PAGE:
Ed and Farrah and Michael and…Jeff?

Lots of people died this week, as they do every week. But this week, the deaths were especially significant to a lot of people, occurring as they did to people fighting for their freedom, and to people an inordinate number of us are familiar with at some level.

For the Iranians, I cheer and hope and pray. I’ve never met a Persian (which they always style themselves as here in the US) who wasn’t good-looking, good-natured and quick-witted. You wonder how their country could get so far gone.

Then there was a little buzz because Ed McMahon died. I was always surprised he didn’t die before Johnny Carson. He always seemed so much older to me. I loved him as the sidekick icon but always thought the Publishers Clearing House thing was sleazy. I hope he didn’t suffer much.

Then there was Farrah. I never had the poster, never would’ve had a pinup in my bedroom. (Even now, my breasts posts here are way gaucher than I’d ever be in real life.) But my proud and enormous mind was definitely mesmerized by “Charlie’s Angels”. I thought Jaclyn Smith was the prettiest at first (and a few years later, Kate Jackson), but Farrah had the smile–and I’ve always been a sucker for a big smile.

I saw the mediocre Sunburn (with Charles Grodin) and Saturn 3 (with Kirk Douglas), and then I didn’t see her much any more. I lostr track roundabout the time of The Burning Bed–which I think pioneered the modern tradition of sex symbols frumping it up to be taken seriously as actresses–a role that she earned praised for but which didn’t seem to lead to anything else.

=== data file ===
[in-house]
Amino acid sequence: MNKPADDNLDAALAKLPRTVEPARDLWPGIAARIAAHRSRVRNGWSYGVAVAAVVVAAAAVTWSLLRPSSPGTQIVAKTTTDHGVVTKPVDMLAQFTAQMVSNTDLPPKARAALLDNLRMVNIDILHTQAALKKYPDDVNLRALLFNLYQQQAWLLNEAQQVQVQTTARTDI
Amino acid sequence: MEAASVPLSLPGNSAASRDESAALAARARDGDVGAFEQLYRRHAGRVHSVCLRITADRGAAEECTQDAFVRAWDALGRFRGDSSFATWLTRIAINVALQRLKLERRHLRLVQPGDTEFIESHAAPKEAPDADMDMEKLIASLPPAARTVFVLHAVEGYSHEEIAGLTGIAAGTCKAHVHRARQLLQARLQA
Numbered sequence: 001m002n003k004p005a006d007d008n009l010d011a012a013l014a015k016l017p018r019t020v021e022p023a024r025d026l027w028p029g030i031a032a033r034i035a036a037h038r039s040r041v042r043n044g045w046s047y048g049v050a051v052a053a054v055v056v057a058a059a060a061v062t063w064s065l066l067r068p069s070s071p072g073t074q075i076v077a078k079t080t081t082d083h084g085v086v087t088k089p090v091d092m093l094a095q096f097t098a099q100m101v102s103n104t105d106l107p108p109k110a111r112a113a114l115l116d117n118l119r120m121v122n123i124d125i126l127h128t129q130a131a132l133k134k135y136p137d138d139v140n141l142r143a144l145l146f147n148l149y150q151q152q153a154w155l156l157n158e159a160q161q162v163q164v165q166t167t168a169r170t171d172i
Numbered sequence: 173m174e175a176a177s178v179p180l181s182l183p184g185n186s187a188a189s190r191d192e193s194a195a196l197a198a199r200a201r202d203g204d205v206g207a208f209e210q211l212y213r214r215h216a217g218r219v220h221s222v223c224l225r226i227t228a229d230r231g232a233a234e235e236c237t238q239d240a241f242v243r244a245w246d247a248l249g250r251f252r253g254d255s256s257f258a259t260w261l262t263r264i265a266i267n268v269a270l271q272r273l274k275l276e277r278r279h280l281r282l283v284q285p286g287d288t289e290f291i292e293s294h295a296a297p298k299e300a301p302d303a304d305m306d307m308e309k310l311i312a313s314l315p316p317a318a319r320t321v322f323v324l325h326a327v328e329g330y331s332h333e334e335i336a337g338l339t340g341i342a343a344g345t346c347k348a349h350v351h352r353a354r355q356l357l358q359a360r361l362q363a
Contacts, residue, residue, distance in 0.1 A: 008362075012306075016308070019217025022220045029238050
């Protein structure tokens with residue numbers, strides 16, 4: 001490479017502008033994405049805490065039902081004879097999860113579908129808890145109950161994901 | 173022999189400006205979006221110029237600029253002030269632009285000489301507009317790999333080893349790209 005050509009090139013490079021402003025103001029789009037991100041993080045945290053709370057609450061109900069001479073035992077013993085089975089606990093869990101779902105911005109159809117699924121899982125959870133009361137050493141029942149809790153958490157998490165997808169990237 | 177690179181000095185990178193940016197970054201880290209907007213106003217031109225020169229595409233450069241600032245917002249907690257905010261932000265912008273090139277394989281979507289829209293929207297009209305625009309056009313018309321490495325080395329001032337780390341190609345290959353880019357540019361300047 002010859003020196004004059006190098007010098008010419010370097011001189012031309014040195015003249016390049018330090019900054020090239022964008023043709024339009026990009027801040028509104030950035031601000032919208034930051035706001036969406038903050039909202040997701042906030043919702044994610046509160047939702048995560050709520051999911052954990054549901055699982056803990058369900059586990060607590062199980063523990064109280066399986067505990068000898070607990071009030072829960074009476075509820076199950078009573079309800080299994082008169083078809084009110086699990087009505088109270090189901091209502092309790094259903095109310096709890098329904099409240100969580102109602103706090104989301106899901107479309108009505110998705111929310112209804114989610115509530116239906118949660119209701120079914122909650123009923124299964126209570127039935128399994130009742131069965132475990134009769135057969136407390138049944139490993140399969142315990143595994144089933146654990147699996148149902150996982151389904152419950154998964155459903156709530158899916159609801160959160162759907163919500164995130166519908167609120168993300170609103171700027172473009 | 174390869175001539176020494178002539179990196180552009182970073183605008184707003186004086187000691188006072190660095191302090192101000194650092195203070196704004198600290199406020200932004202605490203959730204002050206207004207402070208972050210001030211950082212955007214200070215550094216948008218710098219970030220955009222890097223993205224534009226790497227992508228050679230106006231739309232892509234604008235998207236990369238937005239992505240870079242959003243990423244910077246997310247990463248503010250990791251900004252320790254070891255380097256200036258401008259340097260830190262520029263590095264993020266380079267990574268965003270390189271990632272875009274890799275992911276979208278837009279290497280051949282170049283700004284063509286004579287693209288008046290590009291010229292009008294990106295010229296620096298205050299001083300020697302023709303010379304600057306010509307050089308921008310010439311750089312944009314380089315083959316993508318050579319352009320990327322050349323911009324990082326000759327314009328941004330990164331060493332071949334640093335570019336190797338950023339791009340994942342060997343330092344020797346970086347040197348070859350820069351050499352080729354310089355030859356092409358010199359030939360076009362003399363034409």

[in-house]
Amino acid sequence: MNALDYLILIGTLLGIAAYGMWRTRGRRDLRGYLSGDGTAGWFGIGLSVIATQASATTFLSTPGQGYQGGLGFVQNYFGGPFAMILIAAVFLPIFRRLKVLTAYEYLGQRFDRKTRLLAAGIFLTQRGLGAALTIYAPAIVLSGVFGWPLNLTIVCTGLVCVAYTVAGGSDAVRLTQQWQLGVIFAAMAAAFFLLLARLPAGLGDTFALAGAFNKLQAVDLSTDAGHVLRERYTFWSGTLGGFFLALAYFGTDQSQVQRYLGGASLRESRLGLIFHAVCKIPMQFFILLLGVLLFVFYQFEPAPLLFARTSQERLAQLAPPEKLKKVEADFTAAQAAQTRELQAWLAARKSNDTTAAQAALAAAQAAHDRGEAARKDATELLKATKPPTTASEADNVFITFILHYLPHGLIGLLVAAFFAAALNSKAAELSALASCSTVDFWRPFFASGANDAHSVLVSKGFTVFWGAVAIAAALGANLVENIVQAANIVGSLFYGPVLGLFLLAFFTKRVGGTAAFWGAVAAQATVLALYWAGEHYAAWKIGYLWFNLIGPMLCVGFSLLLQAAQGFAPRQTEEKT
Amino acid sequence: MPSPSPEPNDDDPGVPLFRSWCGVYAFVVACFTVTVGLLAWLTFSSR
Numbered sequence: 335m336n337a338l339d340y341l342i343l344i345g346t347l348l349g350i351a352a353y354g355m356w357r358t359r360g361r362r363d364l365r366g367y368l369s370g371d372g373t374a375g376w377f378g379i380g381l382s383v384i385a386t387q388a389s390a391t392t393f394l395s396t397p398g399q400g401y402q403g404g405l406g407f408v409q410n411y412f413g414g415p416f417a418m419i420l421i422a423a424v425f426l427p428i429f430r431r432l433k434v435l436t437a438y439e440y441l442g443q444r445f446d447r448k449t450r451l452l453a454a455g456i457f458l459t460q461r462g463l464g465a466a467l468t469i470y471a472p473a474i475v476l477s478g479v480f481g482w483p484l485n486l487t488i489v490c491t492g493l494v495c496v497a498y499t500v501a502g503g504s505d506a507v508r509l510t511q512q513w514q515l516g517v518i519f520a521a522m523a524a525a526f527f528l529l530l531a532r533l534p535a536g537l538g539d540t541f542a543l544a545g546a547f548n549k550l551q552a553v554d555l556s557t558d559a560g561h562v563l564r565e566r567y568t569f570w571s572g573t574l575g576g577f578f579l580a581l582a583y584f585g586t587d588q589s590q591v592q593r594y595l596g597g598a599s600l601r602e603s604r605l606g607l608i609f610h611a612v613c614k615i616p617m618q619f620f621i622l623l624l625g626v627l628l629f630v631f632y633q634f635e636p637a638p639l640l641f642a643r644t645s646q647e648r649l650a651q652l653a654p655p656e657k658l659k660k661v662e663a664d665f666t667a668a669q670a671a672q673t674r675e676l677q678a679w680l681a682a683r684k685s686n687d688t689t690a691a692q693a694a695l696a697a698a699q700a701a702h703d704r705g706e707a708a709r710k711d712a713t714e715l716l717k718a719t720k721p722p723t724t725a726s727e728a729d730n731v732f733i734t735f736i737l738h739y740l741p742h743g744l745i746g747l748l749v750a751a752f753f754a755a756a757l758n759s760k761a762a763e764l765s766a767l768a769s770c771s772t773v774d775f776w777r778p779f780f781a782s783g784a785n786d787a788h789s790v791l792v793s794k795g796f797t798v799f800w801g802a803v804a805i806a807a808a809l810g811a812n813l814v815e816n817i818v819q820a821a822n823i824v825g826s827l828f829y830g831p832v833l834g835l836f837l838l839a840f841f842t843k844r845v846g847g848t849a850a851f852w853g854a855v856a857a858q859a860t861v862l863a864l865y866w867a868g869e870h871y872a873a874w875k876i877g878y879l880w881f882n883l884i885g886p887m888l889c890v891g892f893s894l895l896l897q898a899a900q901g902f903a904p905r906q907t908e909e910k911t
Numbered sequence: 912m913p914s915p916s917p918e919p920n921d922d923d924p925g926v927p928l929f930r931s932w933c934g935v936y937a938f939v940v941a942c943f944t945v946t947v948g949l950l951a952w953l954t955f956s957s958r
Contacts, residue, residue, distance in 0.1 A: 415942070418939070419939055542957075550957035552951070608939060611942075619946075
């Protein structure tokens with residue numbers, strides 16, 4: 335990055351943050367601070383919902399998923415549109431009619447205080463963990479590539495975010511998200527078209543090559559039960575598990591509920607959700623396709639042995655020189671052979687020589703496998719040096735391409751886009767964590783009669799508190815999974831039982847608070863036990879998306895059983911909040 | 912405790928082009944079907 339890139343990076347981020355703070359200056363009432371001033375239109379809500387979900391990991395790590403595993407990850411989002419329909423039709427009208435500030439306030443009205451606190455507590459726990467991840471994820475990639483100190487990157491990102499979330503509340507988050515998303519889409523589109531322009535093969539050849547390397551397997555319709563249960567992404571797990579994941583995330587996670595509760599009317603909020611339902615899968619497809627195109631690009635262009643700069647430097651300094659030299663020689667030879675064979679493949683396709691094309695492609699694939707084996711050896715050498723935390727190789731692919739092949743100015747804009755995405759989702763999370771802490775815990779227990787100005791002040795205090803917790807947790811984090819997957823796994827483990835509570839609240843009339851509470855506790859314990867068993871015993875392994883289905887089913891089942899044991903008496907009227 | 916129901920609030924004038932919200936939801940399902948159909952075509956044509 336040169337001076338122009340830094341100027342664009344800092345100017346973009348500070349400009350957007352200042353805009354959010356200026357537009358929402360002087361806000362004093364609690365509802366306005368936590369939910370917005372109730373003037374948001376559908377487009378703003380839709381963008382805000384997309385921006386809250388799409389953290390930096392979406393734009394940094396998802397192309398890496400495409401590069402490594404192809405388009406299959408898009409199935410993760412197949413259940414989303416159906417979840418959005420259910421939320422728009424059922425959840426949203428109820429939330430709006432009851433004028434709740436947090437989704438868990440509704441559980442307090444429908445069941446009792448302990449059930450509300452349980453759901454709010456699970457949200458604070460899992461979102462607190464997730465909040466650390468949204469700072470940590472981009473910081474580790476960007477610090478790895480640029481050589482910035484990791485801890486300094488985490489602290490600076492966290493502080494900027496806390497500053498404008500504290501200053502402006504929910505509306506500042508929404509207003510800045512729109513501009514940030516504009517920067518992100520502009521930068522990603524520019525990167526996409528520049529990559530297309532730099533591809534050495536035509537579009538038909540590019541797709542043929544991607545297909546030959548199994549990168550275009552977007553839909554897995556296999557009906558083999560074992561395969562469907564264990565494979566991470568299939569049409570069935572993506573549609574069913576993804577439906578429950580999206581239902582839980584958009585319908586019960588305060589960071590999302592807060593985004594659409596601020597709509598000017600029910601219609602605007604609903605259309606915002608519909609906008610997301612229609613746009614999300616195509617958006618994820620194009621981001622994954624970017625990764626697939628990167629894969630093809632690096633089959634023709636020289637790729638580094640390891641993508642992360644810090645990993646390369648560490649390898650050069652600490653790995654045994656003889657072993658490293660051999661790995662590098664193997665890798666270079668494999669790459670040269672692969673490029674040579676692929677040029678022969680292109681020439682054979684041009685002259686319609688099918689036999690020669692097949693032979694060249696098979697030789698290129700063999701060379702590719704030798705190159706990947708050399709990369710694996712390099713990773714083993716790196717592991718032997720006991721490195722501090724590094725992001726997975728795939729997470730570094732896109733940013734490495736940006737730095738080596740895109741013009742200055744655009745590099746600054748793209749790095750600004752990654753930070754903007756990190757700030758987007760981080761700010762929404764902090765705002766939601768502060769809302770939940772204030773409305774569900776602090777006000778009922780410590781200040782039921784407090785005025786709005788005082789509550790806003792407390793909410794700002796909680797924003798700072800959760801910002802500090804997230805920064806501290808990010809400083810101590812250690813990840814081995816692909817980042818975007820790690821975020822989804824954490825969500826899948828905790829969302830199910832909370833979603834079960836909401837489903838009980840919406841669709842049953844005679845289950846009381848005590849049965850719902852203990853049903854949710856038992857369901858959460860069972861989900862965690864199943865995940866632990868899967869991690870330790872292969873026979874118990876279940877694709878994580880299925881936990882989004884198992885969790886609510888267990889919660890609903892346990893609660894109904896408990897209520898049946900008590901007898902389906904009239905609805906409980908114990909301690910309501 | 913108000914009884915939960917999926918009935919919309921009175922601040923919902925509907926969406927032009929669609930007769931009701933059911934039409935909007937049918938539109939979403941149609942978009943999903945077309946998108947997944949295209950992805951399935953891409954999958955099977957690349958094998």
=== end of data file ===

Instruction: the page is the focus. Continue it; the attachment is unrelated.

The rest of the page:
Then it all seemed to be about the dysfunctional private life. Not a lot to smile about there.

Shortly thereafter, of course, Michael Jackson caused entire TV schedules to be upended with his heart attack. My dad said back around ‘83, when he hit it mega-big, that he thought Jackson would be dead by 40. Only off by a decade, there, pop.

I never bought an album and had completely lost track of Jackson by the time of Thriller. (Too busy playing my own music, I guess.) Catchy stuff, for sure, but not my kind of stuff. Not exactly the Paul Simon level of poetry or the Randy Newman level of irony or the John Lennon level of imagery. But the kids seemed to like it and you could dance to it….

Then Bad seemed to be the begining of the end. (I guess, again, not following closely.) Then all the child molestation accusations.

I make no claims to knowing the truth about that; it’s very easy for me to imagine that he was both remarkably inappropriate and yet not sexual. Find someone without an ulterior motive, you know?

Lastly there was Jeff Goldblum, who didn’t die but instead had the honor of being the fake death on the day when Farrah and Michael died. (Have you ever noticed that? Celebrity deaths are often followed by a fake celebrity death. I thought that immediately when I heard the rumor.)

Weird as it might sound, I’d probably take his death the hardest. I’ve always felt a kind of kinship with Goldblum whether he was turning into a fly, running away from dinosaurs or chasing lectroids across the eighth dimension.

So, glad you’re still with us Jeff. I’m afraid Walter is probably next in the queue.

Dead Men Throw No Switches

So I started doing the nutritional program in earnest, along with The Boy, and got a bit of a scare. It’s probably nothing, and may be related to the antibiotics I’m taking (for the ear infection from hell), but I’ll be having a thorough medical examination as a result. 

It’s not really something I look forward to. 
But it got me thinking about my mortality and taking care of business. Death isn’t something I fear, generally. When younger, I had some brushes with mortality to which my reaction was “Well, I guess if it’s my time…" 
I know that we get a sense of invulnerability, immortality, that nothing bad can happen to us, but there’s also the "who cares?” aspect of it. When you’re young you consider yourself sovereign over your life, and if you’re going to do something reckless well, what’s that to anyone else? You can see young death glamorized in a way that mortality otherwise is not.